Extractivist Imaginaries in Australia’s Latrobe Valley: Slow Violence and True Crime in Chloe Hooper’s The Arsonist and Tom Doig’s Hazelwood
Keywords:Australian literature, true crime, extractivism, climate crisis, imaginaries, Latrobe Valley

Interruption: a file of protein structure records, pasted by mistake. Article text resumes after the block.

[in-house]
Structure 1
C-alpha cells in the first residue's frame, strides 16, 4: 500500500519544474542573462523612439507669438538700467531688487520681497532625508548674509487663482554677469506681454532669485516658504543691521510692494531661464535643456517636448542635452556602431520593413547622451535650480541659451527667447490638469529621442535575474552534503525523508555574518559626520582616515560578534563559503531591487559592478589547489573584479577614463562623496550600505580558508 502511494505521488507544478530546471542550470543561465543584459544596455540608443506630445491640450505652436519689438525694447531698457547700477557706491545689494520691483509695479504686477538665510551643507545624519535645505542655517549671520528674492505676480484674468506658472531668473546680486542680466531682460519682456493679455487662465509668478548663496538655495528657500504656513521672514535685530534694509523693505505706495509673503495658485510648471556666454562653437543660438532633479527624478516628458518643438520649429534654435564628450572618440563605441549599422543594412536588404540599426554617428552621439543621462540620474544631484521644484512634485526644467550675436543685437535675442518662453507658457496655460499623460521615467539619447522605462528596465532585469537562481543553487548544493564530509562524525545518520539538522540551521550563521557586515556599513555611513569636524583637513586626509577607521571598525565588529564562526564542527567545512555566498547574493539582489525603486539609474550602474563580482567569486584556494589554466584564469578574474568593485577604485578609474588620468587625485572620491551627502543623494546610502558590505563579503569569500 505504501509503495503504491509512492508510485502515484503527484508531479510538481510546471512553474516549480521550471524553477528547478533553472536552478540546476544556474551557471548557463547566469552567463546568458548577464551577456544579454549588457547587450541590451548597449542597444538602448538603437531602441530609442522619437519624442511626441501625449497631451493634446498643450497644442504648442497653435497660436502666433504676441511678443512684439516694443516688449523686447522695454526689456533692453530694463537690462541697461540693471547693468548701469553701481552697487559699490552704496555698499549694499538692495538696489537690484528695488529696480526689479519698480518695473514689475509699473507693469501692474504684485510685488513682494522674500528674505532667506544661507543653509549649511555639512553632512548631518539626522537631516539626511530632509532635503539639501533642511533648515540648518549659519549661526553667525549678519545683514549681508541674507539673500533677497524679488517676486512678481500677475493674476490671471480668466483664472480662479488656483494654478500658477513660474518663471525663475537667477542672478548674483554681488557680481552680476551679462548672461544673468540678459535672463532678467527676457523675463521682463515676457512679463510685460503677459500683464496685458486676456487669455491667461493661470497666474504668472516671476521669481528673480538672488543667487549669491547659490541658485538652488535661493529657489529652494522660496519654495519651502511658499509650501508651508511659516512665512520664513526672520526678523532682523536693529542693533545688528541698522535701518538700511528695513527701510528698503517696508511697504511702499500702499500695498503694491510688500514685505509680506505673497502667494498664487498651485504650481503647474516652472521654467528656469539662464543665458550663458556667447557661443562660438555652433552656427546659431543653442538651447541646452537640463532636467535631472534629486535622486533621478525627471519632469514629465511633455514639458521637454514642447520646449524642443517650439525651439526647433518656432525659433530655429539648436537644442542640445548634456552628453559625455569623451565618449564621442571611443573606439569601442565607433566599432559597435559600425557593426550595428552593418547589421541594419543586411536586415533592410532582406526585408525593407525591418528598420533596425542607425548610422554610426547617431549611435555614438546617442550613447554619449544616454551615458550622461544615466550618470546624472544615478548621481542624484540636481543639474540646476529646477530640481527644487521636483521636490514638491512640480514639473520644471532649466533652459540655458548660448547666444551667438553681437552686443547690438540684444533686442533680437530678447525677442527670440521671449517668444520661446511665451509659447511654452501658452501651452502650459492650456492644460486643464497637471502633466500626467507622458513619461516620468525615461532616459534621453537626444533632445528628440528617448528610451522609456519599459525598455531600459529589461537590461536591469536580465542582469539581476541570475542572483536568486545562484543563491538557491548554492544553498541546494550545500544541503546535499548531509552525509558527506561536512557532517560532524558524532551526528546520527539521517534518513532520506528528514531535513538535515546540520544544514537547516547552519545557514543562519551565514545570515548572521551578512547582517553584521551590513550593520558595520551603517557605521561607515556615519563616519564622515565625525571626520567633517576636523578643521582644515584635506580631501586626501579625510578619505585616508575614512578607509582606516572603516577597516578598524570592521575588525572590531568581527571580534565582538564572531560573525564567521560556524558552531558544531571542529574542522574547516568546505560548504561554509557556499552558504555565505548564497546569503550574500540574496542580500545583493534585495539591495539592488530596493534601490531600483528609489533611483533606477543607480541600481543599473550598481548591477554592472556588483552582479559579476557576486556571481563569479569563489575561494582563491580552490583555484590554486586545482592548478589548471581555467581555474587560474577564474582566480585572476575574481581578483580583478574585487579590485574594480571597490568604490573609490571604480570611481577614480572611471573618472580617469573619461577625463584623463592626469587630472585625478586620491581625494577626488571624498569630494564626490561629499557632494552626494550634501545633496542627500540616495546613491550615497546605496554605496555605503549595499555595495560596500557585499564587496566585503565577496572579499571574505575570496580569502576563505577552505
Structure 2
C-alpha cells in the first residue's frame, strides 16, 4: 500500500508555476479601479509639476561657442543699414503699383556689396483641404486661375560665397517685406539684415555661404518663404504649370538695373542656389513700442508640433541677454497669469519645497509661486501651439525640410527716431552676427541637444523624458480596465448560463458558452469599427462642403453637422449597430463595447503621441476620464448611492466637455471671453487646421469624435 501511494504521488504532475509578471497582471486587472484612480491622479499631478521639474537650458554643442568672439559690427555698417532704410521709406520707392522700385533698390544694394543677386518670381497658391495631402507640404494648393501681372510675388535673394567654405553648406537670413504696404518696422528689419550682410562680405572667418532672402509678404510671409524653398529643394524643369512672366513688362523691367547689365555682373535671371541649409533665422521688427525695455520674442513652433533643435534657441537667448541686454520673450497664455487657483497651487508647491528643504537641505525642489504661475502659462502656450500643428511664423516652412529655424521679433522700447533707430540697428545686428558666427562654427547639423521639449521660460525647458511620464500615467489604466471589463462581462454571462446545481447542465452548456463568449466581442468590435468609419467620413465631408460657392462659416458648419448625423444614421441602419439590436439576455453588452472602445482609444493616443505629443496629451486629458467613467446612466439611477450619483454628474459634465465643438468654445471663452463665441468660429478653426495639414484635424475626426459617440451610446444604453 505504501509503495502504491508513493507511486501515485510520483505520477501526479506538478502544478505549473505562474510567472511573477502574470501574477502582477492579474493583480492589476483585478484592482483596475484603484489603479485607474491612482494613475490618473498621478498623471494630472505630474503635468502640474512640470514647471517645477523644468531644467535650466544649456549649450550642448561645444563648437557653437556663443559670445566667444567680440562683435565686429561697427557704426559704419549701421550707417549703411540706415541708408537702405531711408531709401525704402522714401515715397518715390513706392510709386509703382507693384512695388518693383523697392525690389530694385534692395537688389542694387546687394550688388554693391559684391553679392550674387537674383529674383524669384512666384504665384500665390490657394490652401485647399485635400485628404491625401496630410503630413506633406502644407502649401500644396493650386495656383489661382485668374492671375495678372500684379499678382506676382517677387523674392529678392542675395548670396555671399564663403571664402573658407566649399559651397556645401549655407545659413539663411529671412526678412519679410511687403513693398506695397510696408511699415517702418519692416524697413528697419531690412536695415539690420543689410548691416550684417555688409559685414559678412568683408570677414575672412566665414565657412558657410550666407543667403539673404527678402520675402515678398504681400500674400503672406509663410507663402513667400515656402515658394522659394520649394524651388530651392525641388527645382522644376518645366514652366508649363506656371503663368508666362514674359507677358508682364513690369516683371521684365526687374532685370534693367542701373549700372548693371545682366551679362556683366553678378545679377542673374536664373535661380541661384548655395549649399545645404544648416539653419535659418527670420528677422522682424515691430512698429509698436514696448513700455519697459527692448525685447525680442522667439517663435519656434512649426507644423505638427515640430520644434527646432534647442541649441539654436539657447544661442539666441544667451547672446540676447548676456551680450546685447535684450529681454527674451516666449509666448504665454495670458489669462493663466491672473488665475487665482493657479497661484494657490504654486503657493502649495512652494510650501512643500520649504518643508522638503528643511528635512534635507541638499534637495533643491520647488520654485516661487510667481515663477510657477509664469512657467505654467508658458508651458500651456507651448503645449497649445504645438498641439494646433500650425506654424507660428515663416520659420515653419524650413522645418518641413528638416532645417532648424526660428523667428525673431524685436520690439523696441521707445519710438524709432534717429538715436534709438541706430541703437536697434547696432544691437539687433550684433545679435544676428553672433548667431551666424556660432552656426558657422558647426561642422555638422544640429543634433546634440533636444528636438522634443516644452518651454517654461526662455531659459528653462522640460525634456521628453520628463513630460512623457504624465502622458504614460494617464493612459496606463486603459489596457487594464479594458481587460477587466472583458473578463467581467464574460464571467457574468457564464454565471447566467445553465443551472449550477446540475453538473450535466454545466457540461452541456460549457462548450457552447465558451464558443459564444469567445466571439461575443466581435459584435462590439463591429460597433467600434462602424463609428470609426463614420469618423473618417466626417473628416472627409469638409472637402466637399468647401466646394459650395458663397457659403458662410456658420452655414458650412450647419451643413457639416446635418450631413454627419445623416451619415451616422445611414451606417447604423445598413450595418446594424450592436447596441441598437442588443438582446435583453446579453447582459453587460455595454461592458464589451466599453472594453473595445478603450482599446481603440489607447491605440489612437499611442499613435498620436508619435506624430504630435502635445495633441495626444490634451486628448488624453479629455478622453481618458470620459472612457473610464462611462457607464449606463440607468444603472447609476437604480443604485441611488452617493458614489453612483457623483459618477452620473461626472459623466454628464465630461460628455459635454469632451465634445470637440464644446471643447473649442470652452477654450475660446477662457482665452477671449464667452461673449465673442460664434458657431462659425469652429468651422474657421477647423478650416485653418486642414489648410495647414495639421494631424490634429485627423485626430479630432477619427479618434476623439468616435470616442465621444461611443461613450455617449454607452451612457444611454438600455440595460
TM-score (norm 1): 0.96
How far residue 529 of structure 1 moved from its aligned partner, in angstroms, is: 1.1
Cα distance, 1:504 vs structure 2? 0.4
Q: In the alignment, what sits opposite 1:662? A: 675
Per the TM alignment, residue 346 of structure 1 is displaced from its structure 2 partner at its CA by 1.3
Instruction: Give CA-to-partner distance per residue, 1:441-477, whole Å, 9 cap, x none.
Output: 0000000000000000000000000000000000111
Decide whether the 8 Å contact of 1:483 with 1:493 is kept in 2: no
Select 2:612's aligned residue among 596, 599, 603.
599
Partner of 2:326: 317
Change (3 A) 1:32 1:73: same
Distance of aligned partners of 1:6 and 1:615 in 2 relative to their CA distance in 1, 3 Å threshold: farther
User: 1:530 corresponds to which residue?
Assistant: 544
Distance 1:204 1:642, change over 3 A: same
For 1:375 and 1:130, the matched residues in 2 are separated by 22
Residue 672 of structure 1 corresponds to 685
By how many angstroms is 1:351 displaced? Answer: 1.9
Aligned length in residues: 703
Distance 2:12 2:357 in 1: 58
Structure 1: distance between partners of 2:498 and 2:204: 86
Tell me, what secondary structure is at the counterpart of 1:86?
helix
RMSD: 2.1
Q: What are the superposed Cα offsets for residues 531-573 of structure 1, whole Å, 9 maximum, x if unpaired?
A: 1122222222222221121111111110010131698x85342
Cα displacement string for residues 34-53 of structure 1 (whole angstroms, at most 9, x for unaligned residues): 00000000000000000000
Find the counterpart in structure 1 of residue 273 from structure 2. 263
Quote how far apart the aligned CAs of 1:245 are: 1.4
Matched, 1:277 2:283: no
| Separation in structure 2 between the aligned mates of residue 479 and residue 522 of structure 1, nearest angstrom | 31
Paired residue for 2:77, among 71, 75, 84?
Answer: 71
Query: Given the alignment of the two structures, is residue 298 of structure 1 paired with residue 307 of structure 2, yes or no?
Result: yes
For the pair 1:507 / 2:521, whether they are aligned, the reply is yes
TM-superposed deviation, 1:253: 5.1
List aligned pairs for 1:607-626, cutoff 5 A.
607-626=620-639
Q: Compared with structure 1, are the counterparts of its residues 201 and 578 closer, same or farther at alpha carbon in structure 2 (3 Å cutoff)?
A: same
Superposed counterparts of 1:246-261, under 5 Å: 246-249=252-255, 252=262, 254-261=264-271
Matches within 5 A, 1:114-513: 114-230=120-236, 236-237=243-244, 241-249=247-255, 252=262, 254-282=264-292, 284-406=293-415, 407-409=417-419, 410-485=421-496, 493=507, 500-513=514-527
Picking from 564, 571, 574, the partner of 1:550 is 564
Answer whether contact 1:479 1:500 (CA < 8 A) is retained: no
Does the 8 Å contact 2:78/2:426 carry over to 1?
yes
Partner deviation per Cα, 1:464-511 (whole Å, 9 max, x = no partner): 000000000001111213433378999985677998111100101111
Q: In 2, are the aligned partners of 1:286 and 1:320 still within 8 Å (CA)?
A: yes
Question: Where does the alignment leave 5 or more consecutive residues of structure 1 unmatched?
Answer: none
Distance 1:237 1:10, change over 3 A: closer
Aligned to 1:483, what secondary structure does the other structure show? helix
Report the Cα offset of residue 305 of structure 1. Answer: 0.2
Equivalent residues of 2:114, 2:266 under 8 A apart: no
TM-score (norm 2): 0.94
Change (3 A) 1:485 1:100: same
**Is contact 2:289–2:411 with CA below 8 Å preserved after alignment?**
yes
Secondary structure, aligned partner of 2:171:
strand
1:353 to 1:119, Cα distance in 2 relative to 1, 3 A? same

This essay considers the active legacies of Australia's colonial extractivist imaginaries in the context of the nation's refusal to adequately acknowledge the current climate crisis. It explores this through two recent works of Australian narrative non-fiction writing, Chloe Hooper's The Arsonist (2018) and Tom Doig's Hazelwood (2020), both of which address major fire events in a particular region of south eastern Australia: the Latrobe Valley, a place profoundly shaped by mining and other extractivist practices. Histories of genocide and dispossession are commonly disconnected from the discourse of Australia's current environmental crisis, but these books connect these manifestations of colonial-capitalist violence, and draw threads between this and the contemporary experiences of a community living in the midst of extractivism's material realities. The fires and their consequences that Hooper and Doig recount are presented as 'true crime' accounts of extraordinary events in which the question of 'who did it?' seems initially apparent. Through their narrative poetics and strategies, however, the complexity of crime, especially in the face of extractivist colonial legacies, becomes much less clear. These texts ultimately ask us to consider our own complicity in these crimes, and also point to the possibility of alternative imaginaries that co-exist in the shadows of extractivism's continued dominance.